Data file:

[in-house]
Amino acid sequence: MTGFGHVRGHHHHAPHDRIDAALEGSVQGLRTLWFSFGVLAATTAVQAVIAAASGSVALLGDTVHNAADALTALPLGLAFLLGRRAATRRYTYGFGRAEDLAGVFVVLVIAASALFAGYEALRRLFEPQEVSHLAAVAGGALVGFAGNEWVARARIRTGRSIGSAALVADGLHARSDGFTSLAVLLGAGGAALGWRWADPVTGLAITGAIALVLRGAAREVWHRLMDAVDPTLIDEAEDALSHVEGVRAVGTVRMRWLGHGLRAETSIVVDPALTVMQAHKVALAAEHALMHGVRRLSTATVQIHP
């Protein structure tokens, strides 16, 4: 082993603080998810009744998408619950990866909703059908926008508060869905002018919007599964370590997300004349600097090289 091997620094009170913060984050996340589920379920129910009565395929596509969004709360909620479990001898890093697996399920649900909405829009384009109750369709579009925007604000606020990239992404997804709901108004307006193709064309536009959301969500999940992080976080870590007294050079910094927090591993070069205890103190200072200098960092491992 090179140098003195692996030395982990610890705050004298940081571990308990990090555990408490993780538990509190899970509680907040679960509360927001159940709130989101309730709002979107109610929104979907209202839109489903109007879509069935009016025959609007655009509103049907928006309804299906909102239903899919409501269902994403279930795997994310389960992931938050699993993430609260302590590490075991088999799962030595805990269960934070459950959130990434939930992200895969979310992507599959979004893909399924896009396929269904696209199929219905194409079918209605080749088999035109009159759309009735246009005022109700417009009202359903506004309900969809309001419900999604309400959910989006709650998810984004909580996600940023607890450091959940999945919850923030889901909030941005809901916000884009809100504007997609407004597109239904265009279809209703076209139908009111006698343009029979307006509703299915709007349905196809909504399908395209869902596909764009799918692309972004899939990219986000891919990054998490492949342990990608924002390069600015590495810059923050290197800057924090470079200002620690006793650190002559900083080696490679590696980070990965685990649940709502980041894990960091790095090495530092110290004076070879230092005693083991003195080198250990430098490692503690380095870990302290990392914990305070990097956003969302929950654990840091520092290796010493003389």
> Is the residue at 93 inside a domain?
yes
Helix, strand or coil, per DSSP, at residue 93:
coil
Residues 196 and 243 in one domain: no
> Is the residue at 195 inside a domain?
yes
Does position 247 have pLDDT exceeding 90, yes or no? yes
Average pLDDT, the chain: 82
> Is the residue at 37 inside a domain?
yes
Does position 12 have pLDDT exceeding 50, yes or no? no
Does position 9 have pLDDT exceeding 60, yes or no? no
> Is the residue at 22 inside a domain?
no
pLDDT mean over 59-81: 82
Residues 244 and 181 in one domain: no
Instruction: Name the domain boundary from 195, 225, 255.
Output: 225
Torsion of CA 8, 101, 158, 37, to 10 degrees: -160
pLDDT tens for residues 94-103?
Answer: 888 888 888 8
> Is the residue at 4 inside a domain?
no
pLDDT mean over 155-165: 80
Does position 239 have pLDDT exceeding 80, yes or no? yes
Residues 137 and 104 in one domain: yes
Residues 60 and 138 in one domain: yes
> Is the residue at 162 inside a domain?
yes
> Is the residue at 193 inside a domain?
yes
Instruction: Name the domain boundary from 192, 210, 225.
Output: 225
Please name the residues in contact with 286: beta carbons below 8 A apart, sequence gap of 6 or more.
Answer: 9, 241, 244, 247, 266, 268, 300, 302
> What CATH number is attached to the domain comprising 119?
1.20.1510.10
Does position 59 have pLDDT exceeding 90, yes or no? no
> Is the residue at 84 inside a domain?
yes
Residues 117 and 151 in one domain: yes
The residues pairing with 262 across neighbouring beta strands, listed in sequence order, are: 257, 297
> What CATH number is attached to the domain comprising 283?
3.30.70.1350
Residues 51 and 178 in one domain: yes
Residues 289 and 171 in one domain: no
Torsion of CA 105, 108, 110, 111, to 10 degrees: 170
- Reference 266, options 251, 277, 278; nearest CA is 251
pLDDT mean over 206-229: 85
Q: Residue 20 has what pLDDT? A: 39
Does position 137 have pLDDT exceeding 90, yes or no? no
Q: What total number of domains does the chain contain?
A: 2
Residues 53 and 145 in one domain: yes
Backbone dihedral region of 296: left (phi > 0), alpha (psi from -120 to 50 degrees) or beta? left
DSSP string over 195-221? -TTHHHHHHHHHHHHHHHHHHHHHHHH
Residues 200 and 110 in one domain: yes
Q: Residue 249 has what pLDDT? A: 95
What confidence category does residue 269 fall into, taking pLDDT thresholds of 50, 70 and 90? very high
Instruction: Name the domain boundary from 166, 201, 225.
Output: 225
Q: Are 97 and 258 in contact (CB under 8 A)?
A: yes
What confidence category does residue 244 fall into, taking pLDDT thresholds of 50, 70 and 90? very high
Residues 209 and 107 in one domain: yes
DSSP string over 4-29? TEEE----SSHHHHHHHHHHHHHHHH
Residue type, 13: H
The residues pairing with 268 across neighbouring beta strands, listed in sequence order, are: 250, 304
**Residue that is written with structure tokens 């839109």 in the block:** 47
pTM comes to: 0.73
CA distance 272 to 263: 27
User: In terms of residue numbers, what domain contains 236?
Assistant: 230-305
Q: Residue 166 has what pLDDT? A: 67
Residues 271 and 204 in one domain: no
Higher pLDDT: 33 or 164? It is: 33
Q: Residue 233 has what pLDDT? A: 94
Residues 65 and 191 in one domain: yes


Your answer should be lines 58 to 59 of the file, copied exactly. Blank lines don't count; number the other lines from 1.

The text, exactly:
Residues 53 and 145 in one domain: yes
Backbone dihedral region of 296: left (phi > 0), alpha (psi from -120 to 50 degrees) or beta? left